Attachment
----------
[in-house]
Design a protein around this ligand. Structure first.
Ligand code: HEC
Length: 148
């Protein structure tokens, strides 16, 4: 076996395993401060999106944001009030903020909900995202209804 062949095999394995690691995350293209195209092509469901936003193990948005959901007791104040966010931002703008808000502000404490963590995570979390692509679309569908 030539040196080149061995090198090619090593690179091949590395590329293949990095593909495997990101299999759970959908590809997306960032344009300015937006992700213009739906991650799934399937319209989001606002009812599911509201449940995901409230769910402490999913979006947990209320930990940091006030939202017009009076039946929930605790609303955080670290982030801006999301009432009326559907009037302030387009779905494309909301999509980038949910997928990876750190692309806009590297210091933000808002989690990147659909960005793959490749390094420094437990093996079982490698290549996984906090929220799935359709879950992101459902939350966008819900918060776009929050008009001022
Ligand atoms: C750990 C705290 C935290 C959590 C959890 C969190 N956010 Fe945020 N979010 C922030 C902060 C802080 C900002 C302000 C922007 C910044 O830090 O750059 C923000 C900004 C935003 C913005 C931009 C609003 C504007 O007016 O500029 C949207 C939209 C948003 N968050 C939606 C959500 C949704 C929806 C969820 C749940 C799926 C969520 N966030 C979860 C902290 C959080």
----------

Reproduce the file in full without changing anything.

[in-house]
Design a protein around this ligand. Structure first.
Ligand code: HEC
Length: 148
């Protein structure tokens, strides 16, 4: 076996395993401060999106944001009030903020909900995202209804 062949095999394995690691995350293209195209092509469901936003193990948005959901007791104040966010931002703008808000502000404490963590995570979390692509679309569908 030539040196080149061995090198090619090593690179091949590395590329293949990095593909495997990101299999759970959908590809997306960032344009300015937006992700213009739906991650799934399937319209989001606002009812599911509201449940995901409230769910402490999913979006947990209320930990940091006030939202017009009076039946929930605790609303955080670290982030801006999301009432009326559907009037302030387009779905494309909301999509980038949910997928990876750190692309806009590297210091933000808002989690990147659909960005793959490749390094420094437990093996079982490698290549996984906090929220799935359709879950992101459902939350966008819900918060776009929050008009001022
Ligand atoms: C750990 C705290 C935290 C959590 C959890 C969190 N956010 Fe945020 N979010 C922030 C902060 C802080 C900002 C302000 C922007 C910044 O830090 O750059 C923000 C900004 C935003 C913005 C931009 C609003 C504007 O007016 O500029 C949207 C939209 C948003 N968050 C939606 C959500 C949704 C929806 C969820 C749940 C799926 C969520 N966030 C979860 C902290 C959080």